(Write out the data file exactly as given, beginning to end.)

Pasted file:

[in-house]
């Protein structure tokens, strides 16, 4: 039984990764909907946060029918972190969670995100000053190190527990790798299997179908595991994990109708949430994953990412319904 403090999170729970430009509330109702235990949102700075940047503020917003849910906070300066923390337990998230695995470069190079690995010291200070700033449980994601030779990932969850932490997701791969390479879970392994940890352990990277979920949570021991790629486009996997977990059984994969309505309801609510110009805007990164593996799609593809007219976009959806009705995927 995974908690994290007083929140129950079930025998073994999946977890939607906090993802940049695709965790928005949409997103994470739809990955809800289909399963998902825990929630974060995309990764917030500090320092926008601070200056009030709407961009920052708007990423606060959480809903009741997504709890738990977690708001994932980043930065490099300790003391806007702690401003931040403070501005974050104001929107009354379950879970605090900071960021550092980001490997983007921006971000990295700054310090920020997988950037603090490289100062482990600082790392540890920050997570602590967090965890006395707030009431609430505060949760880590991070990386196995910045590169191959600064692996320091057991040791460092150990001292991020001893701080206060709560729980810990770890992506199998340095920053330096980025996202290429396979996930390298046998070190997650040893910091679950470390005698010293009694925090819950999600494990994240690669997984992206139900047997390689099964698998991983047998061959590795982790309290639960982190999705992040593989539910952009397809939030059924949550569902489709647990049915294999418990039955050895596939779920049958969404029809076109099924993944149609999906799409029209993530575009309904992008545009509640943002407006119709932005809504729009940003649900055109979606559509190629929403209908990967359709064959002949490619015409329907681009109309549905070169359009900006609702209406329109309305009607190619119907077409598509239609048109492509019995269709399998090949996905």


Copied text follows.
[in-house]
């Protein structure tokens, strides 16, 4: 039984990764909907946060029918972190969670995100000053190190527990790798299997179908595991994990109708949430994953990412319904 403090999170729970430009509330109702235990949102700075940047503020917003849910906070300066923390337990998230695995470069190079690995010291200070700033449980994601030779990932969850932490997701791969390479879970392994940890352990990277979920949570021991790629486009996997977990059984994969309505309801609510110009805007990164593996799609593809007219976009959806009705995927 995974908690994290007083929140129950079930025998073994999946977890939607906090993802940049695709965790928005949409997103994470739809990955809800289909399963998902825990929630974060995309990764917030500090320092926008601070200056009030709407961009920052708007990423606060959480809903009741997504709890738990977690708001994932980043930065490099300790003391806007702690401003931040403070501005974050104001929107009354379950879970605090900071960021550092980001490997983007921006971000990295700054310090920020997988950037603090490289100062482990600082790392540890920050997570602590967090965890006395707030009431609430505060949760880590991070990386196995910045590169191959600064692996320091057991040791460092150990001292991020001893701080206060709560729980810990770890992506199998340095920053330096980025996202290429396979996930390298046998070190997650040893910091679950470390005698010293009694925090819950999600494990994240690669997984992206139900047997390689099964698998991983047998061959590795982790309290639960982190999705992040593989539910952009397809939030059924949550569902489709647990049915294999418990039955050895596939779920049958969404029809076109099924993944149609999906799409029209993530575009309904992008545009509640943002407006119709932005809504729009940003649900055109979606559509190629929403209908990967359709064959002949490619015409329907681009109309549905070169359009900006609702209406329109309305009607190619119907077409598509239609048109492509019995269709399998090949996905």